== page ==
Every year, millions of teenagers across the United States agree to shoulder unholy amounts of debt in exchange for the opportunity to party their asses off for a few years (and, at least in theory, get an education in the process).
Once they emerge from that four-year daze, former students are immediately forced to come to terms with the legal agreement they entered into after graduating from high school and are faced with the imposing task of paying off an average of $30,000 in student loans.
As of last year, Americans had a collective $1.5 trillion in student loan debt and that number only continues to grow as people attempt to figure out what the hell they’re going to do to get out of a hole that 20% of people think they’ll never dig their way out of.
As a result, former students have been forced to come up with some creative ways to lower what they owe—including appearing on a slightly dystopian television show that lets people but a dent in their debt.
Now, there’s a new strategy employees at one company can harness assuming they have no problem giving up a chance to take an occasional break from the rat race.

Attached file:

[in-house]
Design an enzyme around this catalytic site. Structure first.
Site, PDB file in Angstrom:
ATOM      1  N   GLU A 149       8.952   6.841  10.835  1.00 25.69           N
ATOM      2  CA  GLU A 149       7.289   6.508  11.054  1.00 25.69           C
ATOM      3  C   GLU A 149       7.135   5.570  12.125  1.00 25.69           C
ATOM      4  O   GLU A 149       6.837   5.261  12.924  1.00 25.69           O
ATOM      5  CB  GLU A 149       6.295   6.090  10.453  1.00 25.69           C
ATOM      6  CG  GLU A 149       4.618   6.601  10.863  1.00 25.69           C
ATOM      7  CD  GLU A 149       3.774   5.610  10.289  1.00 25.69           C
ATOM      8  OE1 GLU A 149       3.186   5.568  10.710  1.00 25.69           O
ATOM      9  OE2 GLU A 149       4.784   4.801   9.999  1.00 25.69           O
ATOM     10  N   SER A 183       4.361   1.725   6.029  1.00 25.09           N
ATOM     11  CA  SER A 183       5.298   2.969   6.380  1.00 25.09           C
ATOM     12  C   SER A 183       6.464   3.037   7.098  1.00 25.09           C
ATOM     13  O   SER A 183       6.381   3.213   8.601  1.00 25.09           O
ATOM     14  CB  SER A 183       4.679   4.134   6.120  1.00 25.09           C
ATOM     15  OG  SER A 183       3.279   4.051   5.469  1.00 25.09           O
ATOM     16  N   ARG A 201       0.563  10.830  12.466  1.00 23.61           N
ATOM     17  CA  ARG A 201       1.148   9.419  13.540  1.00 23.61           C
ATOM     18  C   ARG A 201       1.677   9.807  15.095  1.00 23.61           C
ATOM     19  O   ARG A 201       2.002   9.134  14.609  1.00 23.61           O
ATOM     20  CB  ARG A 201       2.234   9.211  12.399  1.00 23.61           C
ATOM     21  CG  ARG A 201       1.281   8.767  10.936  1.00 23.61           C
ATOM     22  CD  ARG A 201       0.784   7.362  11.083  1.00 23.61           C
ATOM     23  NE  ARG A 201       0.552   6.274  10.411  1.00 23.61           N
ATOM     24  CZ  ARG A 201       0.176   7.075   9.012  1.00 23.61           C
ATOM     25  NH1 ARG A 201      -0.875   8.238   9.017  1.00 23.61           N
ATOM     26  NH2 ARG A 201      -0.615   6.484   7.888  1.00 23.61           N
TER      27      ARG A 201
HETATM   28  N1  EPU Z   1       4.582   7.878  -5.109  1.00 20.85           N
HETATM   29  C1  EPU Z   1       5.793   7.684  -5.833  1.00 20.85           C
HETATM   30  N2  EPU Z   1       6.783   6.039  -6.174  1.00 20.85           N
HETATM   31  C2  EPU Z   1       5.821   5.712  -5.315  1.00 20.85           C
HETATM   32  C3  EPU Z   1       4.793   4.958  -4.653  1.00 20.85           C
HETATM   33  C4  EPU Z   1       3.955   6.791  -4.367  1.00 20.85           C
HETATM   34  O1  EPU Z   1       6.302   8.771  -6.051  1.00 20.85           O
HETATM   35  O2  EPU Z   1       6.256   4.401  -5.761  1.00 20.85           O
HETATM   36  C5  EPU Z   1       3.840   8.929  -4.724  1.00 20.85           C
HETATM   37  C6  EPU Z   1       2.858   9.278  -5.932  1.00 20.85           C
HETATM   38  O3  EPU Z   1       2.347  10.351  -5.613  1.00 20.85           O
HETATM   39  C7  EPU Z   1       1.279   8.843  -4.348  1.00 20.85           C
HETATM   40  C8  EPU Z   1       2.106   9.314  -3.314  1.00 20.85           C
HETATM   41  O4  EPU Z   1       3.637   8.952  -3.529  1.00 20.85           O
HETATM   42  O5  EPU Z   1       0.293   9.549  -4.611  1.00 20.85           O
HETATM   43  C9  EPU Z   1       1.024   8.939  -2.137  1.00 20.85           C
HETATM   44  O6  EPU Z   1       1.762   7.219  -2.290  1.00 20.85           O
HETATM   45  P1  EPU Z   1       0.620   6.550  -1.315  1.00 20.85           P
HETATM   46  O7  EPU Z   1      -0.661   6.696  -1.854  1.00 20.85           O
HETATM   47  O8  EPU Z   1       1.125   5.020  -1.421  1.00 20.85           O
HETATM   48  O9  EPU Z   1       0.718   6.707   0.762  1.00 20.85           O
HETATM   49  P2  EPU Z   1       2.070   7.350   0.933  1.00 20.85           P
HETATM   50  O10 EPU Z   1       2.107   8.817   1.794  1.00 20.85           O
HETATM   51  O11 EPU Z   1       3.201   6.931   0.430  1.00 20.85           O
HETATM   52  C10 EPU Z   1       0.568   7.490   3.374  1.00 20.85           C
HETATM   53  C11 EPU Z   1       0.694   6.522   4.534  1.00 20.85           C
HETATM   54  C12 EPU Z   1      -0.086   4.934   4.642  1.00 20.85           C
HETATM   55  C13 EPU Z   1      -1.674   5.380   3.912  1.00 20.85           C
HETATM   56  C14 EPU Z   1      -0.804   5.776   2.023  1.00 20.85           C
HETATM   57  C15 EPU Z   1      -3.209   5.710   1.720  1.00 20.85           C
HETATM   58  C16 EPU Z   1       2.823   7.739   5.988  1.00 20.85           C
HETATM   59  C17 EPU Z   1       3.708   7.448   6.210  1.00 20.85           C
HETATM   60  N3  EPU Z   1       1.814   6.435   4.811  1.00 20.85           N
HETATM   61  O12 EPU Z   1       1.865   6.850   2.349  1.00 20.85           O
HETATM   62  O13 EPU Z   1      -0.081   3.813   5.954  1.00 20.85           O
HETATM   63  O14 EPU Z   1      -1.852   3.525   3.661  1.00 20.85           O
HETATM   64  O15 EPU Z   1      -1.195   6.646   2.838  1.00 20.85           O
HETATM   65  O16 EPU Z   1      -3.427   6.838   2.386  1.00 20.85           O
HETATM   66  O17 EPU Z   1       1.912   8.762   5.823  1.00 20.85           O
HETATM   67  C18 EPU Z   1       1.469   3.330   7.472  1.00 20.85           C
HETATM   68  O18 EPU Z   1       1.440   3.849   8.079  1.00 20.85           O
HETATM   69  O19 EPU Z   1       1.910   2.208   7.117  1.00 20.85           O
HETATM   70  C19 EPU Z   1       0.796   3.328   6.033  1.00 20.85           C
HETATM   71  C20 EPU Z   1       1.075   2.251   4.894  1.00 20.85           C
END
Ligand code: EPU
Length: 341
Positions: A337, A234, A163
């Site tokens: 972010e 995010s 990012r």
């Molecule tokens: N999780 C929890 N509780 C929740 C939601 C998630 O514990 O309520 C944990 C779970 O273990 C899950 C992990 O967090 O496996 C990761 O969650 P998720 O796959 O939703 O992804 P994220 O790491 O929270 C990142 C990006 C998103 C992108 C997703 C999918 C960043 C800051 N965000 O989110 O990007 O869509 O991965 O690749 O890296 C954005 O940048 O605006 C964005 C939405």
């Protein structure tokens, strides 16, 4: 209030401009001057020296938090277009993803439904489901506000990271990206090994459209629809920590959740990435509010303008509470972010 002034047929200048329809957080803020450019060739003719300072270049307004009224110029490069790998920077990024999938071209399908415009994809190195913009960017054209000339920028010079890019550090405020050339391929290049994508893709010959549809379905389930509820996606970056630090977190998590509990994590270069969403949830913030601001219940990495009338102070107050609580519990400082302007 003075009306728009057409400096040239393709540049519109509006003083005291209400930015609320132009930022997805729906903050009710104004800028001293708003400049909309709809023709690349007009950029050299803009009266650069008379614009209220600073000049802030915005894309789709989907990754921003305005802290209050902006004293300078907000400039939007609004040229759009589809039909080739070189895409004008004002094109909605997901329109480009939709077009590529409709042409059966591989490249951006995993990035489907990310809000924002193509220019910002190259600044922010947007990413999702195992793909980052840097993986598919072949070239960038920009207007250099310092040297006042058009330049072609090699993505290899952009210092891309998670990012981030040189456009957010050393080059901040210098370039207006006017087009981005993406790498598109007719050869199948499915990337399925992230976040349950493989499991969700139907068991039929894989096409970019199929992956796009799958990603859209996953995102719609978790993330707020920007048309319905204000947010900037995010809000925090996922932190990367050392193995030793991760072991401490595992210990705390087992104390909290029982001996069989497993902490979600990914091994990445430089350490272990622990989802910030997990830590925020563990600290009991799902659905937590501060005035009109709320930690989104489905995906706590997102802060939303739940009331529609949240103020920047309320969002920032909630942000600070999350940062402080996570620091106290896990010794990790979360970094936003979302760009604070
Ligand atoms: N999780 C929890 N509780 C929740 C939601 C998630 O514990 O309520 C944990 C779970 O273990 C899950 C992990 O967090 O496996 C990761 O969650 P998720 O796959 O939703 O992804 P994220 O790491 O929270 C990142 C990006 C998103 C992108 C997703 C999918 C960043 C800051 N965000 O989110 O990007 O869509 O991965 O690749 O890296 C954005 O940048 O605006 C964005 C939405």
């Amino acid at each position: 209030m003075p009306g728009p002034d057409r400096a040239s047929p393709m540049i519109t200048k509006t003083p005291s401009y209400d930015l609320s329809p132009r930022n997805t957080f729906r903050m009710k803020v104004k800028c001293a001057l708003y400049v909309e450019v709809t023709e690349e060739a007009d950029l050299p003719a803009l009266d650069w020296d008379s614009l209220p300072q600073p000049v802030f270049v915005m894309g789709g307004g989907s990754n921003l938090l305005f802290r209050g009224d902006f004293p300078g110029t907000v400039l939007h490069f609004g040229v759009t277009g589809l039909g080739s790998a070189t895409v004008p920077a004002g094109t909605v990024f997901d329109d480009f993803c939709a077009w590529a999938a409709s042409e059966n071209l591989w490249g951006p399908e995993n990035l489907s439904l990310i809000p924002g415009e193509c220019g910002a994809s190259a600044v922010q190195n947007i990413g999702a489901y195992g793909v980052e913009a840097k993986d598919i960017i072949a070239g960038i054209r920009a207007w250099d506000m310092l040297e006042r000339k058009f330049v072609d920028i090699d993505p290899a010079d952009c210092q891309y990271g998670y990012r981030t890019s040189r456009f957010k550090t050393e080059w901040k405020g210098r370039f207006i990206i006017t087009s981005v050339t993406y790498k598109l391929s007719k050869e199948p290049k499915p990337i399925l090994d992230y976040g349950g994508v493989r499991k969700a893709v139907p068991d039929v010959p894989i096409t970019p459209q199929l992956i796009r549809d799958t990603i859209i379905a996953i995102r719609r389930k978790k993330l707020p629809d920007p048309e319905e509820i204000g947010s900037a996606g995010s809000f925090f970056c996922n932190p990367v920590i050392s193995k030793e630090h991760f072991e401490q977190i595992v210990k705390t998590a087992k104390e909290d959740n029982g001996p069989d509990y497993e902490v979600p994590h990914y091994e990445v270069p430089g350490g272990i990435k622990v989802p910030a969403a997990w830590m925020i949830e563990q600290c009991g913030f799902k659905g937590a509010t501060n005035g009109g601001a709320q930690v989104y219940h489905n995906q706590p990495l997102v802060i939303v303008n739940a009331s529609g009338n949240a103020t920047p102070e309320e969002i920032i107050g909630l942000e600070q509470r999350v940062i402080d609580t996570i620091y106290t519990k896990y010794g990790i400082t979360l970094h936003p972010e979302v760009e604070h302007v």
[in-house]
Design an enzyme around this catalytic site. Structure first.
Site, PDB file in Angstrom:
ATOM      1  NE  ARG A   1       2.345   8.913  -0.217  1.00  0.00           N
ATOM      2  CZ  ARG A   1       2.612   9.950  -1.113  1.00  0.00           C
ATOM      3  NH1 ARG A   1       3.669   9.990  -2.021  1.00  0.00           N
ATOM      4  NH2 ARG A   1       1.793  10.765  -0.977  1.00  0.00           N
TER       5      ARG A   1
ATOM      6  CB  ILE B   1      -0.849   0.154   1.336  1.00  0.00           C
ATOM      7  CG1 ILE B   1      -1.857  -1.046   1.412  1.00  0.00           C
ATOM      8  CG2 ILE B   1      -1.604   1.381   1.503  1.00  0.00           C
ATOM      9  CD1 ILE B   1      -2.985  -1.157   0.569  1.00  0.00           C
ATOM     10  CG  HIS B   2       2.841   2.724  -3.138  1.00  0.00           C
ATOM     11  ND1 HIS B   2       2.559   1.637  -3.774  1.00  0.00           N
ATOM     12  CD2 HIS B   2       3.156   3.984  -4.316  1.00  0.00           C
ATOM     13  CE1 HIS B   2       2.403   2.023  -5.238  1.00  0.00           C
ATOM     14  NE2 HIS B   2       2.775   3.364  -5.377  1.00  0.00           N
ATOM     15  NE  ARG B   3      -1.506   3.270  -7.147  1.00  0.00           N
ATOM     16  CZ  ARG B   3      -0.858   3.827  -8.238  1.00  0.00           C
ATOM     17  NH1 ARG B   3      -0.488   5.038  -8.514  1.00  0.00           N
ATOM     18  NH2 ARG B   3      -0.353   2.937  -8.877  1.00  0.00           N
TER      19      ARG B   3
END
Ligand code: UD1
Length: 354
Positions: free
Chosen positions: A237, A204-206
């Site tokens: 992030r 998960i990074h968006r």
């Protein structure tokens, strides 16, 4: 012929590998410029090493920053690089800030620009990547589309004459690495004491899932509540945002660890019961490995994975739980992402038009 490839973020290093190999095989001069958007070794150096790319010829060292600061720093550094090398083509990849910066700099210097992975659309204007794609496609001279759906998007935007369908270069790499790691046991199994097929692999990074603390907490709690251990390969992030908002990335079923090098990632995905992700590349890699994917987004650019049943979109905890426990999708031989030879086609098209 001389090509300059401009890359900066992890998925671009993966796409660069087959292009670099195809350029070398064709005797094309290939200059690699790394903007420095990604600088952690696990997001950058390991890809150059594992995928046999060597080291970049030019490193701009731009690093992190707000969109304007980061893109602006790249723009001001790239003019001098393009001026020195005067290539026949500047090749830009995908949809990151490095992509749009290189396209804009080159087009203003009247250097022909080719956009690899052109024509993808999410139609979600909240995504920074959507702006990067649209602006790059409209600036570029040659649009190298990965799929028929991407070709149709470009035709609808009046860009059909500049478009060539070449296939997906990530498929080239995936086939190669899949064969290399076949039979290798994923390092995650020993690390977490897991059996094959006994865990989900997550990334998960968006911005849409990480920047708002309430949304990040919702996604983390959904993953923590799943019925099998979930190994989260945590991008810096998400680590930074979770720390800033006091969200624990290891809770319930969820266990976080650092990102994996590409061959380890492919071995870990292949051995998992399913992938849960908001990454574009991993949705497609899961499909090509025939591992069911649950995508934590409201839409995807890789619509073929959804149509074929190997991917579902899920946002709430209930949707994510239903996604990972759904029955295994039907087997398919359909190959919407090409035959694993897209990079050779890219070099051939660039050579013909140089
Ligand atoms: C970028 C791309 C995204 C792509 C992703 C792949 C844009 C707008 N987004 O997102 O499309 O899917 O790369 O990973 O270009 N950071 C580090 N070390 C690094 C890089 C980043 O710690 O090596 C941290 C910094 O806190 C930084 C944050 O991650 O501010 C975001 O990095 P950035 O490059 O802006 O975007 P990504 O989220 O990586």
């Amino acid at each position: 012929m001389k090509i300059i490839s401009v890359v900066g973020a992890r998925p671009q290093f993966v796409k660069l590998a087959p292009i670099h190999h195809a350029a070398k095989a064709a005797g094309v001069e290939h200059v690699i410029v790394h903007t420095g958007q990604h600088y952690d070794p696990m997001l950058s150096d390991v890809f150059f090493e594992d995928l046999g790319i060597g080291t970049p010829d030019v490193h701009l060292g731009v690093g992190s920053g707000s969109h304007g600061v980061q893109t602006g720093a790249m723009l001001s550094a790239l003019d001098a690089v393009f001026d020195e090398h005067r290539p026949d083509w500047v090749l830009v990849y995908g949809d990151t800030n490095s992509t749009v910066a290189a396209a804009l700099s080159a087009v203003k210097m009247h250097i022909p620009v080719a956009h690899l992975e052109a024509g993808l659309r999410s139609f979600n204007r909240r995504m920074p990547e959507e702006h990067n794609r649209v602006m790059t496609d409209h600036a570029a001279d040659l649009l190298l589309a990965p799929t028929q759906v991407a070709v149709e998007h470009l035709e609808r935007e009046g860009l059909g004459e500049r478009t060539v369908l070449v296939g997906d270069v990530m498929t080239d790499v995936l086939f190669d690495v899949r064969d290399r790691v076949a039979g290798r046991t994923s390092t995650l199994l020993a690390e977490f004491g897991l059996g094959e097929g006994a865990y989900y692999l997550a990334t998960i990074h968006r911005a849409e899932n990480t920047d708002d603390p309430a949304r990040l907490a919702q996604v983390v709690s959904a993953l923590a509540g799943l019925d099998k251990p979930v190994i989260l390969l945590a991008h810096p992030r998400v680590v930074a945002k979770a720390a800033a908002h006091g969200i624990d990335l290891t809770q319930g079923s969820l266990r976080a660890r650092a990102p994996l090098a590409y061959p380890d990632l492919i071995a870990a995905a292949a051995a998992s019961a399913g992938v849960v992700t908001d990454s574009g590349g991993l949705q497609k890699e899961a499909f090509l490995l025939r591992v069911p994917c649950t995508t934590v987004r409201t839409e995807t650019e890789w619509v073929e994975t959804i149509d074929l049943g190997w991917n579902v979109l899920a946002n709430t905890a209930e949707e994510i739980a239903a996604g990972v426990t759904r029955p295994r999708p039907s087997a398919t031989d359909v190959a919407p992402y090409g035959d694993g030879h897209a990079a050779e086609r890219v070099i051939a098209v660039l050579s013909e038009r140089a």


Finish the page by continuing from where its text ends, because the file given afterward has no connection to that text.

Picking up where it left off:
According to Business Insider, a Tennessee-based insurance company called Unum is allowing its employees to trade in their vacation days in exchange for some student loan relief.
The workers—who are given 28 days of paid time off each year for vacations and holidays—now have the option to forfeit up to five of them and receive a check they can use to reduce the amount they owe to student loan lenders:
The average Unum employee has $32,000 in student debt and payments of $350 a month, Greenfield reported. With the new program, which is operated by Fidelity Investments, each forfeited vacation day is worth that employee’s hourly rate, on a pre-tax basis.
For an employee earning $60,000 a year, that would translate to about $230 for a standard, 8-hour workday, or about $1,150 a year. Employees can start trading in their unused vacation days for 2019 beginning in January 2020.
I for one think this is good and normal and not at all indicative of a major issue currently plaguing the country that needs to be addressed sooner rather than later. Not one bit.